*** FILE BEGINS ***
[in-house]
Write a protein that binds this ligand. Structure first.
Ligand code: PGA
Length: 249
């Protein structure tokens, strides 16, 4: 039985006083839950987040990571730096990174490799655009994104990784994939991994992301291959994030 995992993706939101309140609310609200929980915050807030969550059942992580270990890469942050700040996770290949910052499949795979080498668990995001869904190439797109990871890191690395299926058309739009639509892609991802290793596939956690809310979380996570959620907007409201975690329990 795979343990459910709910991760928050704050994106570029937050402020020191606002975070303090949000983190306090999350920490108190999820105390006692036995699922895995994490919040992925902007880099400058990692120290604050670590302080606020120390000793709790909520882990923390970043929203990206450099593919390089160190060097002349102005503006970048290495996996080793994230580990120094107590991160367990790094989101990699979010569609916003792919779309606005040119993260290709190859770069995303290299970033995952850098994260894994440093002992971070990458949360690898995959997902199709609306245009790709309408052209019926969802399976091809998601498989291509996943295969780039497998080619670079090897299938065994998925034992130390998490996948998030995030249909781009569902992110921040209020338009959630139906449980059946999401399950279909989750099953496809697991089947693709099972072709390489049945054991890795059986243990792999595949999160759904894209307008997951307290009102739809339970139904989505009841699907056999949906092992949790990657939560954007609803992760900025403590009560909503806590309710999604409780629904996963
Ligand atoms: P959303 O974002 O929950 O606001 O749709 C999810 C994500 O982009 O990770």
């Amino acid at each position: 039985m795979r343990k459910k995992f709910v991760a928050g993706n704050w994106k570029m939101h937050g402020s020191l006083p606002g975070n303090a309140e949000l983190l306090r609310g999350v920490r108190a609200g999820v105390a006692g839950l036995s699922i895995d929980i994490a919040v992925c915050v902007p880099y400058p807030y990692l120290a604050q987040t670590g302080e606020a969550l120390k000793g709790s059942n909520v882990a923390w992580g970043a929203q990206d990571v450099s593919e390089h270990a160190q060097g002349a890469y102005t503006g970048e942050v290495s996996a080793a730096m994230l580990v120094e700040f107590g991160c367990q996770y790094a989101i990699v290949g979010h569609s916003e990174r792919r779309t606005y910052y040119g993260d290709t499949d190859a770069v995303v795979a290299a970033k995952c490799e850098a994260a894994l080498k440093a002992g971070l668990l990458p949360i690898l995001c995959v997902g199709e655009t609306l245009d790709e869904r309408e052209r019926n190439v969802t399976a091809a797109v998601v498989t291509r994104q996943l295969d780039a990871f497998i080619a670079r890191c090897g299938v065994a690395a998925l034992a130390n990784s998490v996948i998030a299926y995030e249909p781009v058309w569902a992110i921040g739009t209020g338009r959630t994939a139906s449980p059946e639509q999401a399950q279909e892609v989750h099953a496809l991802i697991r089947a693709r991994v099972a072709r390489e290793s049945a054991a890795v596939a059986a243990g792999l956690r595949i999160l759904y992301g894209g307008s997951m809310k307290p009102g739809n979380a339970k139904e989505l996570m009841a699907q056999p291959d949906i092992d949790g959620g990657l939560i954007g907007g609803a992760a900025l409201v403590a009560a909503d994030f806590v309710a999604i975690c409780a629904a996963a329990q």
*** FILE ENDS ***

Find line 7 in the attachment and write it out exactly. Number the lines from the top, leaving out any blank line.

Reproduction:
């Amino acid at each position: 039985m795979r343990k459910k995992f709910v991760a928050g993706n704050w994106k570029m939101h937050g402020s020191l006083p606002g975070n303090a309140e949000l983190l306090r609310g999350v920490r108190a609200g999820v105390a006692g839950l036995s699922i895995d929980i994490a919040v992925c915050v902007p880099y400058p807030y990692l120290a604050q987040t670590g302080e606020a969550l120390k000793g709790s059942n909520v882990a923390w992580g970043a929203q990206d990571v450099s593919e390089h270990a160190q060097g002349a890469y102005t503006g970048e942050v290495s996996a080793a730096m994230l580990v120094e700040f107590g991160c367990q996770y790094a989101i990699v290949g979010h569609s916003e990174r792919r779309t606005y910052y040119g993260d290709t499949d190859a770069v995303v795979a290299a970033k995952c490799e850098a994260a894994l080498k440093a002992g971070l668990l990458p949360i690898l995001c995959v997902g199709e655009t609306l245009d790709e869904r309408e052209r019926n190439v969802t399976a091809a797109v998601v498989t291509r994104q996943l295969d780039a990871f497998i080619a670079r890191c090897g299938v065994a690395a998925l034992a130390n990784s998490v996948i998030a299926y995030e249909p781009v058309w569902a992110i921040g739009t209020g338009r959630t994939a139906s449980p059946e639509q999401a399950q279909e892609v989750h099953a496809l991802i697991r089947a693709r991994v099972a072709r390489e290793s049945a054991a890795v596939a059986a243990g792999l956690r595949i999160l759904y992301g894209g307008s997951m809310k307290p009102g739809n979380a339970k139904e989505l996570m009841a699907q056999p291959d949906i092992d949790g959620g990657l939560i954007g907007g609803a992760a900025l409201v403590a009560a909503d994030f806590v309710a999604i975690c409780a629904a996963a329990q």